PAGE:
WoW Factor: In praise of Warlords of Draenor

    
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We're actual size, but it seems much bigger to see.

I’ve made no secret of the fact that I consider Warlords of Draenor to be a sub-par expansion. My opinion on that has not changed; I spent the last installment of this column noting the ways in which the expansion has cycled multiple game mechanics back around, and the first installment of this column discussed expansion issues. Yet today I come here not to bury Warlords of Draenor but to praise it.

For all that World of Warcraft has removed or made worse many gameplay elements over the years, there’s a part of my heart that will always be invested in the game, and for all the missteps that can be made, there are still things of shocking beauty. So let’s talk about things that are completely praiseworthy in WoD, starting with something that I’m happy to say my opinion has changed on in the time between the beta and launch.

Draenor

Familiar, but it's similar to where I've been.Draenor, as a setting, is the best thing that WoW has. It’s so good that I’m pretty sure the writing staff does not and never has known what to do with it. In a world filled to the brim with fantasy settings that feel like thin do-overs of Tolkien, Draenor is a rush of fresh air, a setting without the old fallbacks of elves and humans. It’s a wholly separate setting, a place with cultures and values that are entirely alien to the players and many of the races from Azeroth.

As unnecessarily messy as this expansion’s storyline is in the larger scheme of things (with its mixture of people who completely don’t get the “not actually time travel but sort of like it” premise and those who get it and think it’s pretty dumb), the vision of Draenor that we get is entirely in keeping with the alien promise of the world. We’ve never been able to explore this world, only pick at the edges of its wreckage. Genuinely exploring it reveals that it wasn’t just the conversion to Outland that made this world so alien to the largely Earth-like Azeroth. Draenor is alien, teeming with unfettered life, a world where almost everything seems to want to eat your head. It becomes clearer why the races that hail from this world act the way they do.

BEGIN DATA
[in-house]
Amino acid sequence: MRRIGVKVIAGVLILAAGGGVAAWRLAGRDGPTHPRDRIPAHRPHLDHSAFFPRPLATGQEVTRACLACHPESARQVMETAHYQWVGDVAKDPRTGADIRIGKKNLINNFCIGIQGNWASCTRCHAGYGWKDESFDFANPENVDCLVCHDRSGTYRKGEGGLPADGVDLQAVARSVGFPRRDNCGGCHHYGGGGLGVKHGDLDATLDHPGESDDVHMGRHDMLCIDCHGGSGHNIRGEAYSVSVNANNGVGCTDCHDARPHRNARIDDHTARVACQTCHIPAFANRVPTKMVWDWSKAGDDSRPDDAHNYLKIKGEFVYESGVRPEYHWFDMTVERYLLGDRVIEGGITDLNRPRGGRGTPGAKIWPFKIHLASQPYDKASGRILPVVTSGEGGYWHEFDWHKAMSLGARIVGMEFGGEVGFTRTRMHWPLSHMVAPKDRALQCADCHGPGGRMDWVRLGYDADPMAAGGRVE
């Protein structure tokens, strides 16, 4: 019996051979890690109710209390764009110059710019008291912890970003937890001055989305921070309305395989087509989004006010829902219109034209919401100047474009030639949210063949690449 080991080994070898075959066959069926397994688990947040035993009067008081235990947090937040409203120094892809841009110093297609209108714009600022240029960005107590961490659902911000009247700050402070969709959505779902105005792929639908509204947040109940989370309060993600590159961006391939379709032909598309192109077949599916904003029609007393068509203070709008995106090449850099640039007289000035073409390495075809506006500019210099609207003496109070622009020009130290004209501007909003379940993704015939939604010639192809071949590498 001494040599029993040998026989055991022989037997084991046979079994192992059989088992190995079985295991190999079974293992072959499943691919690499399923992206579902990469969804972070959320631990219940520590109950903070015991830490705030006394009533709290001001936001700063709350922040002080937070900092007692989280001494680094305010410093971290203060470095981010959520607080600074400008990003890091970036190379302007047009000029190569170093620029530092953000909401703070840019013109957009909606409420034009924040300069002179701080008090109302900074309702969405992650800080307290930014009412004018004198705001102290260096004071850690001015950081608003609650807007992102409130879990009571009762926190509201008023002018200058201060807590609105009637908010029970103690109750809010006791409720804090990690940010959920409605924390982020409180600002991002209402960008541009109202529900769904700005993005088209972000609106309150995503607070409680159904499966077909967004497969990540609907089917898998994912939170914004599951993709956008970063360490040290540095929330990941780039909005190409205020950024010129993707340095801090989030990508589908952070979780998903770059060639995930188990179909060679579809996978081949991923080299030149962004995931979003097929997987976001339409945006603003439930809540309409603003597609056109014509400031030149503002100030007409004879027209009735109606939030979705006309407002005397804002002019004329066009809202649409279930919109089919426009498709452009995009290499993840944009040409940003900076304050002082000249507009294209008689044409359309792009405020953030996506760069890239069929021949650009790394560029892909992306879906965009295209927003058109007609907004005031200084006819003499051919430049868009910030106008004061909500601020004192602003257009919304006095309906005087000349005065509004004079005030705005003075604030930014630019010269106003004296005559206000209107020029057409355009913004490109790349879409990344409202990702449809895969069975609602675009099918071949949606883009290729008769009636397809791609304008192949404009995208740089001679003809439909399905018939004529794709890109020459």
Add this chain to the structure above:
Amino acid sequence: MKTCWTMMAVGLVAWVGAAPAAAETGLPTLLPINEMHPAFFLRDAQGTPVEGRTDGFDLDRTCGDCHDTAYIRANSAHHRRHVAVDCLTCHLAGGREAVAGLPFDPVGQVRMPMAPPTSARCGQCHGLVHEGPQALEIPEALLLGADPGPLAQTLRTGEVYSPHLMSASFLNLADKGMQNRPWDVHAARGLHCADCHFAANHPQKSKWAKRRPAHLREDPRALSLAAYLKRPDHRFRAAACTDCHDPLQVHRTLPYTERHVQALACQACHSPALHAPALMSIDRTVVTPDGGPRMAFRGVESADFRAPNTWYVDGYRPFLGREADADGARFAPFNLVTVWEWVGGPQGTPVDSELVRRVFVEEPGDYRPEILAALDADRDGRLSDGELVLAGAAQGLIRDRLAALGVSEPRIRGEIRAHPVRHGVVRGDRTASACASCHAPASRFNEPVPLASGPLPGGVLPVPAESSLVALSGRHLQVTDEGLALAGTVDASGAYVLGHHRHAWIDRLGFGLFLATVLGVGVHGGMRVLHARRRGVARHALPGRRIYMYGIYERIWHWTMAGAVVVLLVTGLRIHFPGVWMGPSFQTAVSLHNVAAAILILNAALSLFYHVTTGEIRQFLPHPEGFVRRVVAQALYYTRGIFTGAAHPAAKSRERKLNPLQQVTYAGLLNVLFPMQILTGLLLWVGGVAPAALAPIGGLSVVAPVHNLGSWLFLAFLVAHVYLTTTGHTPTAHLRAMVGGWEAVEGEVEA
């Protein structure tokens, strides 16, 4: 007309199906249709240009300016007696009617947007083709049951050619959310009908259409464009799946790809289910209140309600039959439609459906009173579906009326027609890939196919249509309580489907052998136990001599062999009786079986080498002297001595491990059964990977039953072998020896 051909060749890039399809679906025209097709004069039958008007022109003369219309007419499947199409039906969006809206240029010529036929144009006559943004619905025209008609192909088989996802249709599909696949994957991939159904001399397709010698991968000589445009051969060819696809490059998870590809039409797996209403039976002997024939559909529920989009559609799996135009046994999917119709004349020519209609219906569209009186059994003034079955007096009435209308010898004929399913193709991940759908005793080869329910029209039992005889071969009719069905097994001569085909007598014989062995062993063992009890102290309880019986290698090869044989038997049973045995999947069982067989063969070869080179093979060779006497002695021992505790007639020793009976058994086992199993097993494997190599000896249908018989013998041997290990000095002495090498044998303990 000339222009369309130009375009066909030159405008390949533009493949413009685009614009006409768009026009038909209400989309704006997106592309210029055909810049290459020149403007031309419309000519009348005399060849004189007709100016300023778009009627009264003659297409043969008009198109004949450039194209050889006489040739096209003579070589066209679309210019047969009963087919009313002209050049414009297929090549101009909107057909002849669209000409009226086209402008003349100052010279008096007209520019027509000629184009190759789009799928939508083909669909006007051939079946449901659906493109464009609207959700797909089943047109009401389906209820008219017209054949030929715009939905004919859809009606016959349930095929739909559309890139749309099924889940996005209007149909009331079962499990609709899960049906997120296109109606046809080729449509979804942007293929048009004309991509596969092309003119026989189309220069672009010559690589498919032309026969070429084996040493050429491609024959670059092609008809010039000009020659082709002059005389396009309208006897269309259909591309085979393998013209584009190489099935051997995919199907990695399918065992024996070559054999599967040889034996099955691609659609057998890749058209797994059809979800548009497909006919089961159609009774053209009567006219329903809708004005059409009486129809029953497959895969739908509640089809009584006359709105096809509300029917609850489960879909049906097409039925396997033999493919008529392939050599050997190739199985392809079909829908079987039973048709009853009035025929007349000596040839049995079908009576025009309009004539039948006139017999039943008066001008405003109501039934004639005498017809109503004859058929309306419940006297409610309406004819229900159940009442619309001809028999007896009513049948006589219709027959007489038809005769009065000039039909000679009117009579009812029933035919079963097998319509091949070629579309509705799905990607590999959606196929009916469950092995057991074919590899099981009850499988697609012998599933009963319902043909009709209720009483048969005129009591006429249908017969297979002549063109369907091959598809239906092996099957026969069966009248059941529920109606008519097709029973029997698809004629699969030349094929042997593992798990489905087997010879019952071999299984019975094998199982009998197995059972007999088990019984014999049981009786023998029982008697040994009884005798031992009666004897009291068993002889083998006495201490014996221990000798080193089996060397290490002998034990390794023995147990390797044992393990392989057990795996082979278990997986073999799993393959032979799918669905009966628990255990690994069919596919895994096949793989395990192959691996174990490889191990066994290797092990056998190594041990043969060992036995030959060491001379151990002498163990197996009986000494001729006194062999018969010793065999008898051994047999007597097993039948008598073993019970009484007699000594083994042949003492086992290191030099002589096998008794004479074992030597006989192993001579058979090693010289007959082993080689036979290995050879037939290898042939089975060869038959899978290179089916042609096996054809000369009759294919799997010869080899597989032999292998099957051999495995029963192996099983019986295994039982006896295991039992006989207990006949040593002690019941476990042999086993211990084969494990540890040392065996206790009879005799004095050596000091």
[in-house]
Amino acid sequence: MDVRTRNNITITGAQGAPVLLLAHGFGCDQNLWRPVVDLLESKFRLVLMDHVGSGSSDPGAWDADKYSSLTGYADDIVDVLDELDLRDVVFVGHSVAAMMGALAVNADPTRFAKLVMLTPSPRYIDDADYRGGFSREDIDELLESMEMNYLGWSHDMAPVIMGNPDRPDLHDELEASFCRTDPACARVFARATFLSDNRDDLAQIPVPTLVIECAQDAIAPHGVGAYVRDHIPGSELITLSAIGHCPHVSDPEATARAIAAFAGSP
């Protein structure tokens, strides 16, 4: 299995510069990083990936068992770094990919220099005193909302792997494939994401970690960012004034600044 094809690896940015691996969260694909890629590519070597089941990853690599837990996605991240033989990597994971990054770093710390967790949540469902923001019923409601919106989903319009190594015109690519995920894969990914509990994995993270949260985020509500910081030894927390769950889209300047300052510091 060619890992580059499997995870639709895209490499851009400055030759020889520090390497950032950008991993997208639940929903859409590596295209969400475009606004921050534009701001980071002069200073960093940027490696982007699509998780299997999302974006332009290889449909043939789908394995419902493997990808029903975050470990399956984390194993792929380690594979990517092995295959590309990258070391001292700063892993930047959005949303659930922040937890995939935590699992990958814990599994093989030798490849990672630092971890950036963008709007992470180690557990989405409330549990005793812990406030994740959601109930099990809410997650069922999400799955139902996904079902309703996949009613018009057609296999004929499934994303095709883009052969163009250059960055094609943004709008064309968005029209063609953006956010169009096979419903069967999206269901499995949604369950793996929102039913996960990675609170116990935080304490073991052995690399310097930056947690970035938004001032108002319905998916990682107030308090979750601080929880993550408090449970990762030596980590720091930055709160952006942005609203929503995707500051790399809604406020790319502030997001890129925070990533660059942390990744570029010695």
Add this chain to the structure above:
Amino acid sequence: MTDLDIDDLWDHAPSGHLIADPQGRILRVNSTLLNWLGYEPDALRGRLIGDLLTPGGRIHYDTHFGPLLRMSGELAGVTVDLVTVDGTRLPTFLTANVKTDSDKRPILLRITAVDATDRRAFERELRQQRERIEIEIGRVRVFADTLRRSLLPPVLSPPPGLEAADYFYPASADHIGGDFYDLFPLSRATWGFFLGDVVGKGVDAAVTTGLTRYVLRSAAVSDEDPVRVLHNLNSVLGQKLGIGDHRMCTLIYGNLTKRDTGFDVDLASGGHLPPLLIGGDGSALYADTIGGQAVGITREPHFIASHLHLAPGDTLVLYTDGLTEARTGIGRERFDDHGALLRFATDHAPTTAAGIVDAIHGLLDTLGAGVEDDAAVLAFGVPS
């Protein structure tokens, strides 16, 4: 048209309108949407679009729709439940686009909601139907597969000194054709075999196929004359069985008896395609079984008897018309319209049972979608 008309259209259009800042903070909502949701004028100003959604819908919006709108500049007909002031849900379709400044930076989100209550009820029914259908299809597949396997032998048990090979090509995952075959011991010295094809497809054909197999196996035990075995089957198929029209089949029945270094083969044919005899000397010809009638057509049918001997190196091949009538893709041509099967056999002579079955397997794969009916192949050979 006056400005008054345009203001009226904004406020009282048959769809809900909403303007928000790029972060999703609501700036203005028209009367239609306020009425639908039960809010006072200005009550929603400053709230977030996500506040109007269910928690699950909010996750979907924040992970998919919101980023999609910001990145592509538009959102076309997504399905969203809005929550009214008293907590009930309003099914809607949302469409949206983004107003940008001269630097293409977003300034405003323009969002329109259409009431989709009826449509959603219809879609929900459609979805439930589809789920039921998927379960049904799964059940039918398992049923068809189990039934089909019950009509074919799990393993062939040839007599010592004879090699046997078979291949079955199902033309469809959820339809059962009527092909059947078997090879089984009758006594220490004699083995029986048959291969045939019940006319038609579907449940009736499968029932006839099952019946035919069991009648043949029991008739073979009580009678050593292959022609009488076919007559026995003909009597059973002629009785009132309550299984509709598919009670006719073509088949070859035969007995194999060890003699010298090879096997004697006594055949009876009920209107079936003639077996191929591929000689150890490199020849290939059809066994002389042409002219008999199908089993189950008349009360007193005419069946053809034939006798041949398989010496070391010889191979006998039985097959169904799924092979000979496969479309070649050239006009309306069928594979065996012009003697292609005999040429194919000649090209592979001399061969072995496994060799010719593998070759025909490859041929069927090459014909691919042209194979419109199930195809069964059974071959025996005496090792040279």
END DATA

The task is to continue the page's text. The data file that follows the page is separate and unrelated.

Even more fascinating, to me, is the opportunity to look back at the history of events that would otherwise be lost altogether. A clearer picture of the arakkoa emerges, for example, and it becomes clear that our allies in The Burning Crusade started out as the villains. The places that seemed so comprehensible and straightforward now have layers of subtlety. It’s a charming and unique setting, much more so than the bland vagaries of Cataclysm. Parts of it clearly owe a great debt to the idea of frontier fiction and exploring the great untamed wastes, but many other parts have no direct reference point beyond what little bits that we saw in The Burning Crusade and what we knew from lore.